In accordance with the present invention, the assumption is made that the speakers used with high power amplifiers can accommodate frequent peaks well above their nominal power ratings, provided these occur for short intervals only. It is, therefore, desirable to provide a protective circuit for loudspeakers which permits peaks to pass through, thereby retaining fidelity of reproduction. It is, however, also important to reduce the inputs of the loudspeaker when sustained high level outputs occur which are beyond the longer term capability of the loudspeaker. It is also desirable to provide a visual indicator of the fact that the loudspeaker is being subjected to nearly overload conditions, in order that ameliorative action may be taken before actual overload occurs.

In accordance with the present invention, no distortion frequency response or output level changes are introduced in the output of a power amplifier, so long as the long term voltage applied to the loudspeaker fails to exceed a predetermined set level, and despite the fact that short peaks of excess voltage may occur. Upon sensing a sustained overload, by means of an integrating circuit for a peak voltage output sensing device, controlled shunting effect is introduced at the input of the amplifier, so that the net signal applied to the input of the amplifier is reduced only enough to avoid sustained overvoltage. No distortion occurs on short term overvoltage, but rather the peak input to the amplifier is reduced in response to long term overvoltage to a level which provides an output that the loudspeaker can sustain. When the integrated output voltage attains a predetermined value, input signal by-passing action commences, but the extent of by-passing is a function of the extent of overvoltage. Just before the selected level is achieved, an overload indicating lamp is illuminated. By means of the present system, the amplifiers can pass to the loudspeaker very short peaks up to the level at which the amplifier clips, and it can pass longer duration peaks of intermediate power, so long as the average power level is substantially below the set threshold. As power output rises the extent of by-pass is increased, but only sufficiently that the loudspeaker is fully protected. The overload lamp can be turned on about 1 db below the threshold at which protective signal limiting commences. The circuit does not latch in, and shortly after cessation of the overdrive, full input signal is restored to the main amplifier, by-passing being continued only until the integrated signal level drops below the threshold. At that point the indicating lamp has become extinguished.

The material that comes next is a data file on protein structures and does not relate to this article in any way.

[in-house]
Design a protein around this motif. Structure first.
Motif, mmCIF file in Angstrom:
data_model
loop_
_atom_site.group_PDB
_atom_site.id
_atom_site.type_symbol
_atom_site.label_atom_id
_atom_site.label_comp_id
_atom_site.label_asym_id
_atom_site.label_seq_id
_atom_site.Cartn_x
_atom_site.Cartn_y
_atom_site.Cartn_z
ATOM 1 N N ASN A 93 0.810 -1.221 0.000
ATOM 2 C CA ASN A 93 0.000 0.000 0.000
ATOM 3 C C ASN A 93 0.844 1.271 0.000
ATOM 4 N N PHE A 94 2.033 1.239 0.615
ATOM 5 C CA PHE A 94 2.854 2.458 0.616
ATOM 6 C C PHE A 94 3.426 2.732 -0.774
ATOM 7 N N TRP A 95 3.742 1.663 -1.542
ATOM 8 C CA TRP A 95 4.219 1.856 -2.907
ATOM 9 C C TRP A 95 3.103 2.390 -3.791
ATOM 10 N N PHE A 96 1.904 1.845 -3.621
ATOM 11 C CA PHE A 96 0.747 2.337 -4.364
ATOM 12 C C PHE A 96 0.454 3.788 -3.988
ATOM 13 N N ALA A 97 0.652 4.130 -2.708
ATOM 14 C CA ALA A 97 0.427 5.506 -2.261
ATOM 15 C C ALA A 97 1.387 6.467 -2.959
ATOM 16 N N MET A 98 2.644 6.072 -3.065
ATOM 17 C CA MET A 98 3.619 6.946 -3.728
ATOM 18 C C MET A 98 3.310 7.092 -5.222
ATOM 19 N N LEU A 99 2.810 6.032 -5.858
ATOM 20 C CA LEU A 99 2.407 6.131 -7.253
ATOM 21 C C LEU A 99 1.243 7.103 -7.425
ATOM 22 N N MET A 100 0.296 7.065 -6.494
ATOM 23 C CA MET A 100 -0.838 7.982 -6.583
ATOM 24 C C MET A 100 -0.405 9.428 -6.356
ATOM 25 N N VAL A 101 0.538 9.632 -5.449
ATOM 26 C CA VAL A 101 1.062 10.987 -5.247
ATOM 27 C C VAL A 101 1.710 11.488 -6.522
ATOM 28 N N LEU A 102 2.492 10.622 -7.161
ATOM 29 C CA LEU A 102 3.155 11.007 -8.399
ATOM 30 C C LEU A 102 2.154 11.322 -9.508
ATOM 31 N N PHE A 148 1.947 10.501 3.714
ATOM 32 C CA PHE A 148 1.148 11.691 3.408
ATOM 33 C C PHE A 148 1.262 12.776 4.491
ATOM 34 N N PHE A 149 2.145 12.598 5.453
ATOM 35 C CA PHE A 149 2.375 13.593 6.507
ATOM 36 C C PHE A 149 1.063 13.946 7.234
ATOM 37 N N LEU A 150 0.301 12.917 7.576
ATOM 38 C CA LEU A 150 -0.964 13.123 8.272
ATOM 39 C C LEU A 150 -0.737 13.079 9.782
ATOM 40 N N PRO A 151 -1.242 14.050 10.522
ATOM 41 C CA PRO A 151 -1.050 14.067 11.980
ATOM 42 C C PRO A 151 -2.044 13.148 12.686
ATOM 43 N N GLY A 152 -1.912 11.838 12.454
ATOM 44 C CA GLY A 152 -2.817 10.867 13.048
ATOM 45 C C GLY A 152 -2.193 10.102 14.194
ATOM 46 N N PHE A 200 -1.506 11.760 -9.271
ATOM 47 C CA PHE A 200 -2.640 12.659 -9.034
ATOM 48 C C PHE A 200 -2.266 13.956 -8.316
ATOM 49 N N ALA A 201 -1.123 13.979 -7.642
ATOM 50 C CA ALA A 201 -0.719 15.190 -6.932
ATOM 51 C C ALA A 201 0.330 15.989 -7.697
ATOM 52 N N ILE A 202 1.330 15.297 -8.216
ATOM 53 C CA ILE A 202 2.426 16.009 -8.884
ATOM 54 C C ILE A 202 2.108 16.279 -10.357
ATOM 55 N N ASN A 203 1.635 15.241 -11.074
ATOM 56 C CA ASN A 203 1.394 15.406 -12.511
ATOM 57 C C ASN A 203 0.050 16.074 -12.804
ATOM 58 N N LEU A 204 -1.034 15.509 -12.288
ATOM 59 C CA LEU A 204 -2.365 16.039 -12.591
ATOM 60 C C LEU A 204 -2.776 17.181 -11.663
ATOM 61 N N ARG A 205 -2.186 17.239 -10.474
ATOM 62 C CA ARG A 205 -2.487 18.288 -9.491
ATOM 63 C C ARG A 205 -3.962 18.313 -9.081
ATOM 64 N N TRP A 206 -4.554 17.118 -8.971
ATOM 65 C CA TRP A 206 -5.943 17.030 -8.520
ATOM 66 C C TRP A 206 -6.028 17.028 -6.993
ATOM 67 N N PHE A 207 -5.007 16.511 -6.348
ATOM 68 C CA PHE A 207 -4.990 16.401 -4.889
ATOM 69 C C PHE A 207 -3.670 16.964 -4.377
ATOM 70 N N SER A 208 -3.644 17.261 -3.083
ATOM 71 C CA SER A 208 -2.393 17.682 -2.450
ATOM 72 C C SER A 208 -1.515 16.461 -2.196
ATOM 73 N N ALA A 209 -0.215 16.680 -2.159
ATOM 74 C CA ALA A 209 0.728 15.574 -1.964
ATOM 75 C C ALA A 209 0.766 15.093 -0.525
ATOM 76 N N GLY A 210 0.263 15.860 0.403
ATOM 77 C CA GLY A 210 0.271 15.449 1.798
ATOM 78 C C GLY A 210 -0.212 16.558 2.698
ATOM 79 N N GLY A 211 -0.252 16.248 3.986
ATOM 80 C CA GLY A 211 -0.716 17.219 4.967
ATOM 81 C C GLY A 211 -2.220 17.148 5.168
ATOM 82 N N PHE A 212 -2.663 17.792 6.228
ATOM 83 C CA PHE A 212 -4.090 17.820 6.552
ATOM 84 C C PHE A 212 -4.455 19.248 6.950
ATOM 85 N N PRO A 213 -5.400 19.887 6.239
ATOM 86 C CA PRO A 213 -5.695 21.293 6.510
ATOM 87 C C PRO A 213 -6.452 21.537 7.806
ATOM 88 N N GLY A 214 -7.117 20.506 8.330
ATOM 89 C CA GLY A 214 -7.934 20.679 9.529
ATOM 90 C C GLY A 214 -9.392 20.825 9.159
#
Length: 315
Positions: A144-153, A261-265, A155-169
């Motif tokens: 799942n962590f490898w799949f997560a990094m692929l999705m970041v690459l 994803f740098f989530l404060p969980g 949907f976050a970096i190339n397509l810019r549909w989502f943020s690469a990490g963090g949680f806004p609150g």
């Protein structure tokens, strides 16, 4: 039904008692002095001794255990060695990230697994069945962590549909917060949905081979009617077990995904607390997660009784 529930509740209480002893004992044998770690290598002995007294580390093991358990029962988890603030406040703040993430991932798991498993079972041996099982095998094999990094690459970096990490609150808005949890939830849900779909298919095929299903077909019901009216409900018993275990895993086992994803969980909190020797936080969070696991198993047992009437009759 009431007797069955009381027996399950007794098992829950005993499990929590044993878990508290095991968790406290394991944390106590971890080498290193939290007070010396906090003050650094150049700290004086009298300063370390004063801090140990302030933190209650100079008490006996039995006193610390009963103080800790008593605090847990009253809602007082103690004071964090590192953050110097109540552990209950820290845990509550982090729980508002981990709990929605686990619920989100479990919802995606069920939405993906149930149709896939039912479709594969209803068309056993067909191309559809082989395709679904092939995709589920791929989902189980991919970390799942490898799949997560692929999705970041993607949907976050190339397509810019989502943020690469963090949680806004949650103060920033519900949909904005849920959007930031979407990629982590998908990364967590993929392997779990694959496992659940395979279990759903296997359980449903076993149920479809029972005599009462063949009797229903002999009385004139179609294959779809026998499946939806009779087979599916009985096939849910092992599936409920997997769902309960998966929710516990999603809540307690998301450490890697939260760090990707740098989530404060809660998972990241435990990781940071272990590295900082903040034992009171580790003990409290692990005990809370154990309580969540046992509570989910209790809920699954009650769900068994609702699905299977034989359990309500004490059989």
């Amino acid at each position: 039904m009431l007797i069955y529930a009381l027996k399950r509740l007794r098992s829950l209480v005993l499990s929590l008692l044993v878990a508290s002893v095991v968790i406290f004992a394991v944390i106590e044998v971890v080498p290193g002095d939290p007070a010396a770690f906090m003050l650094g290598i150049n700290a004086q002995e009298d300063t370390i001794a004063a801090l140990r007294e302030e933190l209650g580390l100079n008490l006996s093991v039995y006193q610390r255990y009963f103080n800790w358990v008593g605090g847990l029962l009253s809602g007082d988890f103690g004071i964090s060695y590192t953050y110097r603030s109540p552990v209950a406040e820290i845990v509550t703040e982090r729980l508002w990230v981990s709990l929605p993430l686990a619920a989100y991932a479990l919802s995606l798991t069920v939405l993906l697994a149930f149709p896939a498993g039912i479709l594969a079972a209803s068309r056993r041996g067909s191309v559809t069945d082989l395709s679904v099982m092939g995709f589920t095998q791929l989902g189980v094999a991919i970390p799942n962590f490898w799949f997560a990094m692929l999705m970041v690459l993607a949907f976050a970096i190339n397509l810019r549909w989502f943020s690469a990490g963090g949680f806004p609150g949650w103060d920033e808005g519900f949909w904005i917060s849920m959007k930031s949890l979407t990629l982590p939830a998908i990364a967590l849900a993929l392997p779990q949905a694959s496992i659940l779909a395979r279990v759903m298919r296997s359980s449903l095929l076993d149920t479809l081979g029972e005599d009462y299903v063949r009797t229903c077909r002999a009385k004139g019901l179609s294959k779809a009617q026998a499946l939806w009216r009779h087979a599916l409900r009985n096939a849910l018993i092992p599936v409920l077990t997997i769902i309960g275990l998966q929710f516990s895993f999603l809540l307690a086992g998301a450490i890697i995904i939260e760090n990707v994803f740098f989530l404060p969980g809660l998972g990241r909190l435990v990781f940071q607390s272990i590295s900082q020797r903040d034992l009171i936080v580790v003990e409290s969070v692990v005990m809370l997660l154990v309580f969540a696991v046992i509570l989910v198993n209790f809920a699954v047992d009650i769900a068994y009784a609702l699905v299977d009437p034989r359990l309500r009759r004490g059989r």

A system for protecting loudspeakers driven by audio power amplifiers by shunting the input to the main amplifier adjustably only when the average output voltage of the amplifier exceeds the capabilities of the loudspeaker for a sufficiently long time, and for adjusting the shunting effect to the minimum extent required as a function of the extent of overload, the shunting effect being terminated automatically several seconds after the sustained overload has terminated.